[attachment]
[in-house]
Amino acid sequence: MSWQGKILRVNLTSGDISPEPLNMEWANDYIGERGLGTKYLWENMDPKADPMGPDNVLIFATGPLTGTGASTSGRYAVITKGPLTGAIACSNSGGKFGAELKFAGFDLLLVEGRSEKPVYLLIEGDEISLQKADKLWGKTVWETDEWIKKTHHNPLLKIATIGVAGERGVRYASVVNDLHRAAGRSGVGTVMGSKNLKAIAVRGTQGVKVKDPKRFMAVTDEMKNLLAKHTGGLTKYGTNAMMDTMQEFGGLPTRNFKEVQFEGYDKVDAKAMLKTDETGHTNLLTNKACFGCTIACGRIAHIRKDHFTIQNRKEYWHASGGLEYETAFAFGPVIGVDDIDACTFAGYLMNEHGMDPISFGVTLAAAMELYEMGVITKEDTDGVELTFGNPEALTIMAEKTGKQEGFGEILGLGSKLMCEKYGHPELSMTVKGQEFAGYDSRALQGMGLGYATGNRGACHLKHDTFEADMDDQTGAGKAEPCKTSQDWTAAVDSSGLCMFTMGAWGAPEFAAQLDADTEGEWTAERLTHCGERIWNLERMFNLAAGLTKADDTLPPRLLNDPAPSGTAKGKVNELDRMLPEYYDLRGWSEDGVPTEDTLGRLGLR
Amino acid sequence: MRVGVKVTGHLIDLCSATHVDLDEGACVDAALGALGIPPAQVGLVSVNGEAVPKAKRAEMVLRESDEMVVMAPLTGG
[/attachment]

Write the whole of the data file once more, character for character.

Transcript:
[in-house]
Amino acid sequence: MSWQGKILRVNLTSGDISPEPLNMEWANDYIGERGLGTKYLWENMDPKADPMGPDNVLIFATGPLTGTGASTSGRYAVITKGPLTGAIACSNSGGKFGAELKFAGFDLLLVEGRSEKPVYLLIEGDEISLQKADKLWGKTVWETDEWIKKTHHNPLLKIATIGVAGERGVRYASVVNDLHRAAGRSGVGTVMGSKNLKAIAVRGTQGVKVKDPKRFMAVTDEMKNLLAKHTGGLTKYGTNAMMDTMQEFGGLPTRNFKEVQFEGYDKVDAKAMLKTDETGHTNLLTNKACFGCTIACGRIAHIRKDHFTIQNRKEYWHASGGLEYETAFAFGPVIGVDDIDACTFAGYLMNEHGMDPISFGVTLAAAMELYEMGVITKEDTDGVELTFGNPEALTIMAEKTGKQEGFGEILGLGSKLMCEKYGHPELSMTVKGQEFAGYDSRALQGMGLGYATGNRGACHLKHDTFEADMDDQTGAGKAEPCKTSQDWTAAVDSSGLCMFTMGAWGAPEFAAQLDADTEGEWTAERLTHCGERIWNLERMFNLAAGLTKADDTLPPRLLNDPAPSGTAKGKVNELDRMLPEYYDLRGWSEDGVPTEDTLGRLGLR
Amino acid sequence: MRVGVKVTGHLIDLCSATHVDLDEGACVDAALGALGIPPAQVGLVSVNGEAVPKAKRAEMVLRESDEMVVMAPLTGG